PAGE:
‘Line’ Items: Go (Big) Time Edition

Time is Short and We Need to Go Long – The clock is ticking on the Super Committee as its November 23 deadline is now just a week and a half away. It’s now or never for the panel. By looking across the Atlantic, we can see what happens when governments cannot get their act together to address national debt. Some contend that the only hope at this point is a small, face-saving deal. But CRFB has made the case that a ‘Go Big’ approach has a better chance of success. While some argue there is not enough time for such a deal, the Super Committee doesn’t have to reinvent the wheel. Lots of work has already been done by the Bowles-Simpson Commission, the Domenici-Rivlin Task Force, and the Gang of Six.

Will the Super Committee Go for It or Go Home? – For all the talk about gridlock among the group, there has been some movement in the past week. Democrats on the panel offered some concessions on entitlements and Republicans offered some on taxes. CRFB applauded the movement in a statement. Meanwhile, some are looking for an escape hatch in case a big deal cannot be reached in time. Super Committee Co- chair Jeb Hensarling (R-TX) said on Sunday that the group could use a “two-step process” where specific changes to the tax code would be delegated to the tax–writing committees in Congress. And Sen. Mark Warner (D-VA) suggested that Congress vote on either the Gang of Six proposal or the Bowles-Simpson plan if the Super Committee fails to come up with a deal. President Obama raised the stakes by saying he would not support any attempt to roll back the $1.2 trillion in automatic cuts that would be triggered if the Super Committee fails. CRFB warns that eliminating the sequester would be irresponsible. Want your voice heard? See our new Citizen’s Resource Page for ideas to get engaged, such as signing a petition.

Go Big Not Going Away – Last week New York City Mayor Michael Bloomberg threw his support behind a comprehensive ‘Go Big’ approach that puts everything on the table and goes beyond the mandate of the Super Committee to find $1.2 -$1.5 trillion in deficit savings over the next decade. This Tuesday, members of the House and Senate who support a ‘Go Big’ approach will urge the Super Committee on at a Capitol Hill press conference. One hundred members of the House and 45 senators publicly support going big now.

Appropriations Also Going Down to the Wire – Amid all the talk of the Super Committee deadline, another important budget date looms even closer. The continuing resolution funding the federal government expires on Friday. A new stopgap measure is expected to be included in the minibus combining FY 2012 spending bills for Agriculture, Transportation-Housing and Urban Development, and Commerce-Justice-Science that House-Senate negotiators are expected to complete this week. A second minibus rolling up the Financial Services, Energy-Water, and State-Foreign Operations appropriations bills may be voted on by the Senate this week as well.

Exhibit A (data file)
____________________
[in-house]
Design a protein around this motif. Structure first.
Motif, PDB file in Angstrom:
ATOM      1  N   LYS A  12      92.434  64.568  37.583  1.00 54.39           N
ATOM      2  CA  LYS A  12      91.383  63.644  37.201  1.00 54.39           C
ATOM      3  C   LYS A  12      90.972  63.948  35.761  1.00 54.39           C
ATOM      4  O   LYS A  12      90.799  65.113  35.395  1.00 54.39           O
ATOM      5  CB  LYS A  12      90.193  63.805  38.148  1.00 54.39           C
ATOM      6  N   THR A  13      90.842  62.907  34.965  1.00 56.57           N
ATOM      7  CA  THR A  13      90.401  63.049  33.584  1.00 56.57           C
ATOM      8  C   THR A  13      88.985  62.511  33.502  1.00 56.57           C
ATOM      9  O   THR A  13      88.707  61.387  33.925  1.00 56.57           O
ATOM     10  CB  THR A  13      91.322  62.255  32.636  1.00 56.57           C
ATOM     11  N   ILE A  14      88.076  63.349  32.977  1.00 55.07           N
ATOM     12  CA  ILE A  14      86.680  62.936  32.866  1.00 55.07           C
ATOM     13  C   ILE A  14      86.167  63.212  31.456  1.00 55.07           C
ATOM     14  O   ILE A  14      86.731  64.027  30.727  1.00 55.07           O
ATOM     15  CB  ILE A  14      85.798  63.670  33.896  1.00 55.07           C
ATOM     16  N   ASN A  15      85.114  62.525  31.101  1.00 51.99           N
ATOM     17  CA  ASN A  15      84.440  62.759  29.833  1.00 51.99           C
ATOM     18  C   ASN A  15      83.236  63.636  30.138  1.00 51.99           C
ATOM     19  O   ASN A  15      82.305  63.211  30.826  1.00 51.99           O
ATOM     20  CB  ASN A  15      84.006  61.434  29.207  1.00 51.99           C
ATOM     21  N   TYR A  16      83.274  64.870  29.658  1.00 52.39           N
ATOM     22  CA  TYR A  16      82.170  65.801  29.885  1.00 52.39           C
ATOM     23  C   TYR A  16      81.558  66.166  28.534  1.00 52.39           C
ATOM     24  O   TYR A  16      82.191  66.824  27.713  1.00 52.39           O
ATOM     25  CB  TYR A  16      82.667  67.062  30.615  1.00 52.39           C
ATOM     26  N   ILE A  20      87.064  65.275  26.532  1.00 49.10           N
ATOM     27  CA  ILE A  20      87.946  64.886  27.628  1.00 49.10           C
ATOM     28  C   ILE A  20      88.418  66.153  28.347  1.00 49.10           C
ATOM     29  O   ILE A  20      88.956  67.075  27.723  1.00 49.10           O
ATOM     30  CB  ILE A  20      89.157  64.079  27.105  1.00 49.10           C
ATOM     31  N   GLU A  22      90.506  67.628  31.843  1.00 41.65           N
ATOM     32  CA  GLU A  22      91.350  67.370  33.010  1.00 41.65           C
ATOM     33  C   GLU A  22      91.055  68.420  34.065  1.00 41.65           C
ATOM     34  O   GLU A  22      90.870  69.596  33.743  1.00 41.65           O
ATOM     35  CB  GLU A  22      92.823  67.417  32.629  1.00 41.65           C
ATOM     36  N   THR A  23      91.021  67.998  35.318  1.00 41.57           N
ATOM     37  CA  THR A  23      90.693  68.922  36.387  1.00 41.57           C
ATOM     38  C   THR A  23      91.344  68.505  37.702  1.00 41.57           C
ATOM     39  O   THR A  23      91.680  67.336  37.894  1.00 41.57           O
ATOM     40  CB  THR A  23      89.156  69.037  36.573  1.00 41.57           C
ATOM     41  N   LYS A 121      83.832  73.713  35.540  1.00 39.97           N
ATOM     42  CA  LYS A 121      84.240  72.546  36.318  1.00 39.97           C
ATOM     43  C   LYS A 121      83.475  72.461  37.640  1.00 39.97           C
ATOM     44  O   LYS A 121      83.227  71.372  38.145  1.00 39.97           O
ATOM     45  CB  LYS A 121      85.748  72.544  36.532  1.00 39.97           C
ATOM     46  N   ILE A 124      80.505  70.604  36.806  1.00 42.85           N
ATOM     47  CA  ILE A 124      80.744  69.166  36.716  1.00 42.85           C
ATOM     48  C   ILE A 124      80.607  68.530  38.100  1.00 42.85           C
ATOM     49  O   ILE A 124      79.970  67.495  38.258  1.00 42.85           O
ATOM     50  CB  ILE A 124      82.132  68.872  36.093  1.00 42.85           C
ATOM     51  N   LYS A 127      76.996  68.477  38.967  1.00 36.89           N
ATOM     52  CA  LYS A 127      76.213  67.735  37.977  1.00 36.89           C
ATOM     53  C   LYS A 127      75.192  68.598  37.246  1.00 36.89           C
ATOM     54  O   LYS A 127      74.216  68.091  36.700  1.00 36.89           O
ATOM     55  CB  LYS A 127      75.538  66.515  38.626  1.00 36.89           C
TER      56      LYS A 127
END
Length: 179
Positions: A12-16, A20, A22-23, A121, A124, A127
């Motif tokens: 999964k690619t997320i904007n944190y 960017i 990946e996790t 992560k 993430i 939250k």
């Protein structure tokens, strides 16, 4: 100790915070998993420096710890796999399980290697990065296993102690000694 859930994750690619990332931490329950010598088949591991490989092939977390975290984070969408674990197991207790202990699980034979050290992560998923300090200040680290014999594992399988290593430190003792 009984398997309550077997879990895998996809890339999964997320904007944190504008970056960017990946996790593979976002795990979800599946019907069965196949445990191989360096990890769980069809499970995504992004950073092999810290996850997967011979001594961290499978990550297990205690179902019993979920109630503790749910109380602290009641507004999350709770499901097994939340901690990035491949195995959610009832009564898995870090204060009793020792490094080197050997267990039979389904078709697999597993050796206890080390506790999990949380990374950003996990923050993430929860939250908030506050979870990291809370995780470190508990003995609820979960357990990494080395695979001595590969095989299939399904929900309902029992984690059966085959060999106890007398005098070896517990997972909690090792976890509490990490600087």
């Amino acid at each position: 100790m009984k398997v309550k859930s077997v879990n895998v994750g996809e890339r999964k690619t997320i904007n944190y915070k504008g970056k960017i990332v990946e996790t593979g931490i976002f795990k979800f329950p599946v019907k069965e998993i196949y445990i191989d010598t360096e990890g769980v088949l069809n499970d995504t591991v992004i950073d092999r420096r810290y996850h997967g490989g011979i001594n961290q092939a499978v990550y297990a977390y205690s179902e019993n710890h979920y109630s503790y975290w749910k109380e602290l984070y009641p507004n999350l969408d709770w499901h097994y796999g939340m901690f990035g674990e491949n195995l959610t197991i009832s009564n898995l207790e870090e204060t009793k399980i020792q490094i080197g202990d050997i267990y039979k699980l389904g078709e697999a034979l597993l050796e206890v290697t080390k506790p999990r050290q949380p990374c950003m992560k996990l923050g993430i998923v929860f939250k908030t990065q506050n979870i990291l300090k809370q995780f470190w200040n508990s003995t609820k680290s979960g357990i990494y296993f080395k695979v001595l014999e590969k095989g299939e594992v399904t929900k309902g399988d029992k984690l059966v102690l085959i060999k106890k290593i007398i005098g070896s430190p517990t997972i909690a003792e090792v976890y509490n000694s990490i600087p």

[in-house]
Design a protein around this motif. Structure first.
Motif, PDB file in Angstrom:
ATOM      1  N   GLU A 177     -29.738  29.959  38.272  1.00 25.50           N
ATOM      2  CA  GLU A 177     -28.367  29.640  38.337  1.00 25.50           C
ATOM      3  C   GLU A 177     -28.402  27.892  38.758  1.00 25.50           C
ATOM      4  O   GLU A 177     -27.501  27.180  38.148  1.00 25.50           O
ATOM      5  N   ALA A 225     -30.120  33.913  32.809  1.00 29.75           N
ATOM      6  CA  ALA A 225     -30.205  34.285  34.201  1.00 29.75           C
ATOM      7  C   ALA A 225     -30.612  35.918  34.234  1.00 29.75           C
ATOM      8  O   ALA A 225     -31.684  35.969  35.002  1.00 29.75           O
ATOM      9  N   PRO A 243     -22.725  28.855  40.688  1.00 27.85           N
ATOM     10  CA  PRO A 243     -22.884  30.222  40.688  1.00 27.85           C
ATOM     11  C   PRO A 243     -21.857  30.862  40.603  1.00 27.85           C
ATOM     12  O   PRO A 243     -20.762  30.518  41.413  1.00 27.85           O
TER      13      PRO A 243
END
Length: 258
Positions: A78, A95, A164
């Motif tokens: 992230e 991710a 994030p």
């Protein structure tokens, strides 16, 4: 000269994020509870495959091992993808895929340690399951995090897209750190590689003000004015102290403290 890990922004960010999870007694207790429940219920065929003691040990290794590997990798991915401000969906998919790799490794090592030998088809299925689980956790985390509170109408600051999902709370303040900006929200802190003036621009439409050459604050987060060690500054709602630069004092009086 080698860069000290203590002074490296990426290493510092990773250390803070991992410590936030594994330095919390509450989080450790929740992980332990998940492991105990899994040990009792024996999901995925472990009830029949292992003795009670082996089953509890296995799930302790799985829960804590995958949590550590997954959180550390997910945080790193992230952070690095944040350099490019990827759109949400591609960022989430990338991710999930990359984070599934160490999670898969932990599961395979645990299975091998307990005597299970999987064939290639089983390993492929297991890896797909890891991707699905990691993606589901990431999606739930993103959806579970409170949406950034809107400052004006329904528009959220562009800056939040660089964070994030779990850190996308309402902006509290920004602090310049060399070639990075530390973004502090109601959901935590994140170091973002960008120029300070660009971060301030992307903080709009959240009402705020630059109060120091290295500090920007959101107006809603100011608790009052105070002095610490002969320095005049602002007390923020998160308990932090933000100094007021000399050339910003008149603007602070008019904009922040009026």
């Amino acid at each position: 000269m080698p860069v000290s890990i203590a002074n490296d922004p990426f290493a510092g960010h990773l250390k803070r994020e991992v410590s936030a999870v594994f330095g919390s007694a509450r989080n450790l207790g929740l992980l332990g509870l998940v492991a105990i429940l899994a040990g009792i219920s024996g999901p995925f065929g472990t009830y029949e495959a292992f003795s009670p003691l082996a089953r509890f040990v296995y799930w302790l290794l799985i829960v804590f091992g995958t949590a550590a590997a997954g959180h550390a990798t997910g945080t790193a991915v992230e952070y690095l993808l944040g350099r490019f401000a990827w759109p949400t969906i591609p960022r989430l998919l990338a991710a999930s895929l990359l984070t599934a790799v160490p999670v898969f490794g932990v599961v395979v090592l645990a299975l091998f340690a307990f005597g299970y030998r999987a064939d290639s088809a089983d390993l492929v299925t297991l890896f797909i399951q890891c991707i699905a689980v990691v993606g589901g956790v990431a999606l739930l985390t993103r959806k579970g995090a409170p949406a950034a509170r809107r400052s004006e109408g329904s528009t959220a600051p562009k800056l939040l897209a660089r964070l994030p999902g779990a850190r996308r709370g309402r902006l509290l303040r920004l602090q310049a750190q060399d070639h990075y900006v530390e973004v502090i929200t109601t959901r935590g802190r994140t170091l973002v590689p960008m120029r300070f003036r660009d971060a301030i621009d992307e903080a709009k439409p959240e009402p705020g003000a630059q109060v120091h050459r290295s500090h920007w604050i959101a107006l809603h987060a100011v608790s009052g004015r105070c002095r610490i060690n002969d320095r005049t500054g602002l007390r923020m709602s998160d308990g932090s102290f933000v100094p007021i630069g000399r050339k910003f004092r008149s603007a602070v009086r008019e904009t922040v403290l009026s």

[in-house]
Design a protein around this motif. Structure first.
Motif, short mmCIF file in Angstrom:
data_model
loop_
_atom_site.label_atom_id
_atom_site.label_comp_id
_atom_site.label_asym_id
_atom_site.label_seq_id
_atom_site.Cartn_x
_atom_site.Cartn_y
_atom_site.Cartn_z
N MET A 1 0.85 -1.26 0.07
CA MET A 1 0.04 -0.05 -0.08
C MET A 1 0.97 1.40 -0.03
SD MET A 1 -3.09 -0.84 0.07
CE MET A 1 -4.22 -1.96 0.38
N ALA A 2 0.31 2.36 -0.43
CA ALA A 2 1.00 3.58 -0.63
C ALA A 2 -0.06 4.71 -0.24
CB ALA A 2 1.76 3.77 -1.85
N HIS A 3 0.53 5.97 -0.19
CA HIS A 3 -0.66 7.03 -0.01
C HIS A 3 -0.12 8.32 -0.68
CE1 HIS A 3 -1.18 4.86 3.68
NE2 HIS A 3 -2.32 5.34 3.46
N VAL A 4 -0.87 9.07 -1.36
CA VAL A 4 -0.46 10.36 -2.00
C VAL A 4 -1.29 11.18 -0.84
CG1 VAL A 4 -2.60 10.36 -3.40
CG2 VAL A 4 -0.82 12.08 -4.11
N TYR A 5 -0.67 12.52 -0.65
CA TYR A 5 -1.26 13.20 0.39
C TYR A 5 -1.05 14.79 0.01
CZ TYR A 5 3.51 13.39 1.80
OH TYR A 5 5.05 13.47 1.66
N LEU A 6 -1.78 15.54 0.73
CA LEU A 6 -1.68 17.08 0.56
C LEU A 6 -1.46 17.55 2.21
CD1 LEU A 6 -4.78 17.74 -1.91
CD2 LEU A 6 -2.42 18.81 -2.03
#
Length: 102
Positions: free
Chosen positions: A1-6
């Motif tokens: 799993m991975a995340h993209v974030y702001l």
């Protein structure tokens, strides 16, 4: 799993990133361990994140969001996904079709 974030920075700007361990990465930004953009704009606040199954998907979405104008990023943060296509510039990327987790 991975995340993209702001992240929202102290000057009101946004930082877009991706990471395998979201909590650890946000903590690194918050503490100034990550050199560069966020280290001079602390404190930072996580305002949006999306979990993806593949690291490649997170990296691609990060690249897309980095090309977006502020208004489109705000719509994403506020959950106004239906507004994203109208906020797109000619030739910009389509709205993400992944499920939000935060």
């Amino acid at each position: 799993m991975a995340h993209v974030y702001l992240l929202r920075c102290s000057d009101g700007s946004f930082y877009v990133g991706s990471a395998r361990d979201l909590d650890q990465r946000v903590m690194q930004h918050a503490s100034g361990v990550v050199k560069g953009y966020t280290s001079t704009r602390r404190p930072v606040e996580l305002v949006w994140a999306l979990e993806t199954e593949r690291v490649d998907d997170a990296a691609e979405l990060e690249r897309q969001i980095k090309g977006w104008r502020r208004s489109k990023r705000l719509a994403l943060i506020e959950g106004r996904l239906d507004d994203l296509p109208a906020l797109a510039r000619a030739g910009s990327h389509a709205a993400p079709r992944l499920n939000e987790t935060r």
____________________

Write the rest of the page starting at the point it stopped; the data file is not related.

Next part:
House Goes Ahead with Balanced Budget Amendment Vote – The House will vote on a balanced budget amendment this week. The Budget Control Act requires both chambers to vote on a BBA by the end of the year. House leaders reportedly have decided to vote on a “clean” BBA that simply requires that expenditures not exceed revenues, as opposed to other versions that would also cap federal spending at a certain level of GDP and require a super majority in Congress to raise taxes. No version is likely to get the 2/3 majority vote in both houses of Congress and the 3/4 of the states needed to ratify a constitutional amendment. See here for budget process reform ideas that do not require an amendment to the Constitution.

Key Upcoming Dates (all times ET)

November 15

  • Senate Budget Committee hearing on "Economic Effects of Fiscal Policy Choices" at 10 am.
  • GOP presidential debate in Washington, DC sponsored by CNN, the Heritage Foundation and the American Enterprise Institute at 8 pm.

November 18

  • Continuing resolution (CR) currently funding federal government operations expires.

November 23

  • The Super Committee is required to vote on a report and legislative language recommending deficit reduction policies by this date.

December 1

  • GOP presidential debate in Arizona sponsored by CNN at 8 pm.

December 2

  • The Super Committee report and legislative language must be transmitted to the President and Congressional leaders by this date.

December 9

  • Any Congressional committee that gets a referral of the Super Committee bill must report the bill out with any recommendation, but no amendments, by this date.

December 10

  • GOP presidential debate in Des Moines, IA sponsored by ABC News at 9 pm.

December 15

  • GOP presidential debate in Sioux City, IA sponsored by Fox News at 9 pm.

December 19

  • GOP presidential debate in Johnston, IA sponsored by PBS NewsHour, Google and YouTube at 4 pm.

December 23

  • Congress must vote on the bill recommended by the Super Committee by this date. No amendments are allowed.

December 31

  • Both houses of Congress must vote on a balanced budget amendment to the U.S. Constitution, as required by the Budget Control Act.

January 3, 2012

  • Iowa Caucuses.

January 10, 2012

  • New Hampshire Primary.

January 21, 2012

  • South Carolina Primary.

January 31, 2012

  • Florida Primary.